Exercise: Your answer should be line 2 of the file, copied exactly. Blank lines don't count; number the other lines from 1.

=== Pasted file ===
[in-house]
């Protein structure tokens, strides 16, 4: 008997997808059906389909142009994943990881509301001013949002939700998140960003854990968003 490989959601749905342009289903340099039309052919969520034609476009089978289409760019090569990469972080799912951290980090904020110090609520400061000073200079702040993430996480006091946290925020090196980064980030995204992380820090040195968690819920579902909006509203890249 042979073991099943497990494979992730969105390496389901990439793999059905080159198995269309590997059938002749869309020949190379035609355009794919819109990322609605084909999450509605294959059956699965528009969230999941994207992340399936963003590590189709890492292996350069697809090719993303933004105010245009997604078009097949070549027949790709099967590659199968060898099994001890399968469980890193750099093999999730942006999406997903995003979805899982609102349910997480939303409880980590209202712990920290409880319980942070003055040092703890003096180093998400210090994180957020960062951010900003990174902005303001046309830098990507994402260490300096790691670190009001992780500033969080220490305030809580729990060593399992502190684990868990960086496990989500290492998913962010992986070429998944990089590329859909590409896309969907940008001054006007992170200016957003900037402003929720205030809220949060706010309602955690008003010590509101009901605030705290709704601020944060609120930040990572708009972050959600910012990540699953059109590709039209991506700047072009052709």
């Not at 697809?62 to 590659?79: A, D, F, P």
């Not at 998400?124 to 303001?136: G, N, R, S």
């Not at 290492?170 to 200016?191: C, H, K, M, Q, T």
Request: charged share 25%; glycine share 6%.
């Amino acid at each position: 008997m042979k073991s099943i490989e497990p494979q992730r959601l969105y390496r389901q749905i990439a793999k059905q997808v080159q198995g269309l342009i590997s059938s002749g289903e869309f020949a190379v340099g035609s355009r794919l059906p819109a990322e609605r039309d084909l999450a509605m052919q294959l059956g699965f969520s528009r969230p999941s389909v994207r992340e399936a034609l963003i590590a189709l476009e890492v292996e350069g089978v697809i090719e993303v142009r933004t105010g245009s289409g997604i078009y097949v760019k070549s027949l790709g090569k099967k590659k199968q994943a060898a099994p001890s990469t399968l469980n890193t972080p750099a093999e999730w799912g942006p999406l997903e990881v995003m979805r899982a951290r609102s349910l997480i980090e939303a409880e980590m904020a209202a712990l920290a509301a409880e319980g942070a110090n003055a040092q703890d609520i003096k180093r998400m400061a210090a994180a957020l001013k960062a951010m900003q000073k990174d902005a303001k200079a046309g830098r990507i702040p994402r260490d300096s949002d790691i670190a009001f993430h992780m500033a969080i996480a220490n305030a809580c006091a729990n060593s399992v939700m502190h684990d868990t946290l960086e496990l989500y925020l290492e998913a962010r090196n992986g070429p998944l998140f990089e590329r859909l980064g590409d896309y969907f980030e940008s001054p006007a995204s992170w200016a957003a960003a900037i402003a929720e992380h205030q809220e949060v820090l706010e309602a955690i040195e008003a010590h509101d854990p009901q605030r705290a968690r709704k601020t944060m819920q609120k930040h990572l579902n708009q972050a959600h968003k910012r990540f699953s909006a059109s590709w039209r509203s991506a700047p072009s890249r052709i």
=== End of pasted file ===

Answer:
């Protein structure tokens, strides 16, 4: 008997997808059906389909142009994943990881509301001013949002939700998140960003854990968003 490989959601749905342009289903340099039309052919969520034609476009089978289409760019090569990469972080799912951290980090904020110090609520400061000073200079702040993430996480006091946290925020090196980064980030995204992380820090040195968690819920579902909006509203890249 042979073991099943497990494979992730969105390496389901990439793999059905080159198995269309590997059938002749869309020949190379035609355009794919819109990322609605084909999450509605294959059956699965528009969230999941994207992340399936963003590590189709890492292996350069697809090719993303933004105010245009997604078009097949070549027949790709099967590659199968060898099994001890399968469980890193750099093999999730942006999406997903995003979805899982609102349910997480939303409880980590209202712990920290409880319980942070003055040092703890003096180093998400210090994180957020960062951010900003990174902005303001046309830098990507994402260490300096790691670190009001992780500033969080220490305030809580729990060593399992502190684990868990960086496990989500290492998913962010992986070429998944990089590329859909590409896309969907940008001054006007992170200016957003900037402003929720205030809220949060706010309602955690008003010590509101009901605030705290709704601020944060609120930040990572708009972050959600910012990540699953059109590709039209991506700047072009052709």